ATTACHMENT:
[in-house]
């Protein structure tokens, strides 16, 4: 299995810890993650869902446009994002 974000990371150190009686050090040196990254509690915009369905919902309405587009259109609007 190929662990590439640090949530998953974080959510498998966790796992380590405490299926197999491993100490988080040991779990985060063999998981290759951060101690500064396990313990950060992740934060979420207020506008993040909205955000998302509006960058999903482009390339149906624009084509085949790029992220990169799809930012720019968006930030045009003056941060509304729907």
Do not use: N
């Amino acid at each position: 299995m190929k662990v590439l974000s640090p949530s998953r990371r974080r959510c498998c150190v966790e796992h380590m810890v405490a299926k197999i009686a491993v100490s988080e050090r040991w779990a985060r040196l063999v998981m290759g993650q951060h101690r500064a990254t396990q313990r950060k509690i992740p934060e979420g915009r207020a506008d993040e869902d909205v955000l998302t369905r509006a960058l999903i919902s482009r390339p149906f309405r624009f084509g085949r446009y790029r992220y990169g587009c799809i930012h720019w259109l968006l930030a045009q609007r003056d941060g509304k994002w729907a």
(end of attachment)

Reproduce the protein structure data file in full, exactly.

[in-house]
């Protein structure tokens, strides 16, 4: 299995810890993650869902446009994002 974000990371150190009686050090040196990254509690915009369905919902309405587009259109609007 190929662990590439640090949530998953974080959510498998966790796992380590405490299926197999491993100490988080040991779990985060063999998981290759951060101690500064396990313990950060992740934060979420207020506008993040909205955000998302509006960058999903482009390339149906624009084509085949790029992220990169799809930012720019968006930030045009003056941060509304729907």
Do not use: N
């Amino acid at each position: 299995m190929k662990v590439l974000s640090p949530s998953r990371r974080r959510c498998c150190v966790e796992h380590m810890v405490a299926k197999i009686a491993v100490s988080e050090r040991w779990a985060r040196l063999v998981m290759g993650q951060h101690r500064a990254t396990q313990r950060k509690i992740p934060e979420g915009r207020a506008d993040e869902d909205v955000l998302t369905r509006a960058l999903i919902s482009r390339p149906f309405r624009f084509g085949r446009y790029r992220y990169g587009c799809i930012h720019w259109l968006l930030a045009q609007r003056d941060g509304k994002w729907a």